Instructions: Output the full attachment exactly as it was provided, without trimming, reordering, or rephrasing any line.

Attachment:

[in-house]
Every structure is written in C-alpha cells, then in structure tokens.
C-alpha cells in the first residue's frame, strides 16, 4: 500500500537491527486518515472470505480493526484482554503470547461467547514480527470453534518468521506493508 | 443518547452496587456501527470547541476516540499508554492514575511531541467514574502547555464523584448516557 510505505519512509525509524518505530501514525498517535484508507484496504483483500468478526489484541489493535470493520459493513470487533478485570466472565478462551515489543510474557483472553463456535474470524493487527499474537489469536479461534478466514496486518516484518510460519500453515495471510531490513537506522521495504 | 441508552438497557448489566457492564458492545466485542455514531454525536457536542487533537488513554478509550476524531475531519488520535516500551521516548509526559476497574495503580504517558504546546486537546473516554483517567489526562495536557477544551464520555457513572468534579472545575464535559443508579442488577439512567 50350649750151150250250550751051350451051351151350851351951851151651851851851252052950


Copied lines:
[in-house]
Every structure is written in C-alpha cells, then in structure tokens.
C-alpha cells in the first residue's frame, strides 16, 4: 500500500537491527486518515472470505480493526484482554503470547461467547514480527470453534518468521506493508 | 443518547452496587456501527470547541476516540499508554492514575511531541467514574502547555464523584448516557 510505505519512509525509524518505530501514525498517535484508507484496504483483500468478526489484541489493535470493520459493513470487533478485570466472565478462551515489543510474557483472553463456535474470524493487527499474537489469536479461534478466514496486518516484518510460519500453515495471510531490513537506522521495504 | 441508552438497557448489566457492564458492545466485542455514531454525536457536542487533537488513554478509550476524531475531519488520535516500551521516548509526559476497574495503580504517558504546546486537546473516554483517567489526562495536557477544551464520555457513572468534579472545575464535559443508579442488577439512567 50350649750151150250250550751051350451051351151350851351951851151651851851851252052950